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Features

February 2014

The many misunderstandings of Richard Hofstadter

by Fred Siegel

Dubbed “the second Mencken,” Richard Hofstadter's scholarship is riddled with errors.

Editor’s note: A version of this essay was delivered at a symposium sponsored by The New Criterion on “The Kennedy Phenomenon” on November 19, 2013. Additional papers from the symposium will be published in future issues.

The Kennedy Assassination is not a whodunit. Cranks and conspiracy adherents aside, it’s clear that Oswald did it and did it alone. Nonetheless there is still a great mystery surrounding the Kennedy assassination—and I’m not referring to Jack Ruby. The mystery is this: Why is it that American liberals have been so unable to assimilate Oswald’s left-wing identity into their account of the assassination?

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Fred Siegel is the author of The Revolt Against the Masses (Encounter) and a senior fellow at the Manhattan Institute.


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This article originally appeared in The New Criterion, Volume 32 February 2014, on page 4

Copyright © 2014 The New Criterion | www.newcriterion.com

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Webcasts

The Walter Duranty Prize for Journalistic Mendacity
On May 5, 2014, The New Criterion and PJ Media presented the second Walter Duranty Prize for Journalistic Mendacity. The award is given to highlight egregious examples of dishonest reporting. Also awarded this year was the Rather, a new award for lifetime achievement in mendacious journalism.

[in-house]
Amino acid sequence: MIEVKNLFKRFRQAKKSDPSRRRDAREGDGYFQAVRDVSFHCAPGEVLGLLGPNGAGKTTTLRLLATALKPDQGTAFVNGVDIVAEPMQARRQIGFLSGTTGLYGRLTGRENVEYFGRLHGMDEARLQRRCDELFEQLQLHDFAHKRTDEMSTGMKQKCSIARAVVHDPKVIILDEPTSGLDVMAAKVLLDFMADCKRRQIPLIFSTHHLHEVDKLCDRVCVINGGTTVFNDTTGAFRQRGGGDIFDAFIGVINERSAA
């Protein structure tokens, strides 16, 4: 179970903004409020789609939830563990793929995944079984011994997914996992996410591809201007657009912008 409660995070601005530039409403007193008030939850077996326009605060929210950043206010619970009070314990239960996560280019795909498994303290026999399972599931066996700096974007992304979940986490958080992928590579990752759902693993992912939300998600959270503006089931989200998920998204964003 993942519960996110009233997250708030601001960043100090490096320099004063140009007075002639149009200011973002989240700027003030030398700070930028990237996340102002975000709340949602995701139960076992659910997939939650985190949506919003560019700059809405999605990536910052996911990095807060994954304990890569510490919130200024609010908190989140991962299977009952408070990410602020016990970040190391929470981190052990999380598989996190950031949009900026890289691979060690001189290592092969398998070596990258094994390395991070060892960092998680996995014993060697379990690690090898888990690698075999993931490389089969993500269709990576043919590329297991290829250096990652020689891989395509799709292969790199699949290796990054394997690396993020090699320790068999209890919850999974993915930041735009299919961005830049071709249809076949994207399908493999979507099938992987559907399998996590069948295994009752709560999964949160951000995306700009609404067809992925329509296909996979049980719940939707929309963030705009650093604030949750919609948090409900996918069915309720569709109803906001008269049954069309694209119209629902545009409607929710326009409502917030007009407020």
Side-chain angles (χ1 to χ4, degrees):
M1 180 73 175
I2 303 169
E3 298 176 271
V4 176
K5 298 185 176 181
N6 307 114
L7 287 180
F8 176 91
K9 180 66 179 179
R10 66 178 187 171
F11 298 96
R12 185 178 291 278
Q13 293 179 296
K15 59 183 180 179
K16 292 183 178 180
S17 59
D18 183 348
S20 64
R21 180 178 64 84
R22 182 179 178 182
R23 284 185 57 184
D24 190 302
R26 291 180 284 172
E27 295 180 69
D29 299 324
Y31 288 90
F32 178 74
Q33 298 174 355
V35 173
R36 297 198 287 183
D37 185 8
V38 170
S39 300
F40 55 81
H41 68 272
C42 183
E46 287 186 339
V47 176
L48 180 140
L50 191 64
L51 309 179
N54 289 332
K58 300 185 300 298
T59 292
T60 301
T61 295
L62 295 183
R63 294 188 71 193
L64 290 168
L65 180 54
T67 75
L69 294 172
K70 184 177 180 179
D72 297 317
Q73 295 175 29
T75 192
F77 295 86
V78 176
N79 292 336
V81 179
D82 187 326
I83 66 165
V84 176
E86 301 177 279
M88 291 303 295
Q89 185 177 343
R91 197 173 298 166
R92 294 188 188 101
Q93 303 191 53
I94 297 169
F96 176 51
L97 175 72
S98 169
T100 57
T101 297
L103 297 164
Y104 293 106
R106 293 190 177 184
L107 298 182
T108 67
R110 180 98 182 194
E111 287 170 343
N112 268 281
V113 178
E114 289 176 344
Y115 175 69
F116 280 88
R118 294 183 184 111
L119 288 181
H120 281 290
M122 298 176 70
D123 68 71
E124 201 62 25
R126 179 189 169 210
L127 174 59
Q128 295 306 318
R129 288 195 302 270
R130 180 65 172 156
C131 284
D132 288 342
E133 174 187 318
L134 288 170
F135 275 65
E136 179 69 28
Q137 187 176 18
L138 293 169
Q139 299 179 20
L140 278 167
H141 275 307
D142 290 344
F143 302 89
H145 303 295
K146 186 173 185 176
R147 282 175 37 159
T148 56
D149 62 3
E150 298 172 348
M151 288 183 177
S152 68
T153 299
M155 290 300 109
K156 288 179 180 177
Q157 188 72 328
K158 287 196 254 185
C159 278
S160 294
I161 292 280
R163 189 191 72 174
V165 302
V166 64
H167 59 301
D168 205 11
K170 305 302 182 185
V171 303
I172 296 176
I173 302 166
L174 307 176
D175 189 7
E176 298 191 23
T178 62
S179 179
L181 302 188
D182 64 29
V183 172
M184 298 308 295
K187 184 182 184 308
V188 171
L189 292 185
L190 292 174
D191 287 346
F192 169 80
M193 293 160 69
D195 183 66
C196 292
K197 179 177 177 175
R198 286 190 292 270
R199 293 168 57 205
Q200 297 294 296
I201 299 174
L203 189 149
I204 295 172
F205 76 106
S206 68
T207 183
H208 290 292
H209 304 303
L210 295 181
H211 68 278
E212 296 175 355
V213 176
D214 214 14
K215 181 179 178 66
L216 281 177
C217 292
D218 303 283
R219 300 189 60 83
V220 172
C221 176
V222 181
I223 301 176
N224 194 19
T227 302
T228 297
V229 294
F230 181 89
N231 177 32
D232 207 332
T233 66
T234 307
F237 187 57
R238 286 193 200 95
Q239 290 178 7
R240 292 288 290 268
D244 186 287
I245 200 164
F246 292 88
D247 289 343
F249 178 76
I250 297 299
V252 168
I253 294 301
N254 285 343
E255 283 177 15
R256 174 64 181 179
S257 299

The Duranty Prize is named after Walter Duranty, the New York Times Moscow corresponded in the 1920s and 1930s who whitewashed Joseph Stalin’s forced starvation of the Ukrainians (the Holodomor) and many other aspects of Soviet oppression. Duranty was awarded the Pulitzer Prize in 1932 for his efforts. It has never been revoked.
Audio copyright Ed Driscoll, www.eddriscoll.com.


Introduction to The Kennedy Phenomenon
Roger Kimball introduces The Kennedy Phenomenon, a conference presented by The New Criterion on Tuesday, November 19.


The Kennedy Phenomenon: "Watching the Kennedy Train-Wreck"
Roger Kimball reads Peter Collier’s paper on oft-overlooked unsavory details of the Kennedys' lives. Much of the paper is drawn from Collier’s book, coauthored with David Horowitz, The Kennedys: An American Drama.

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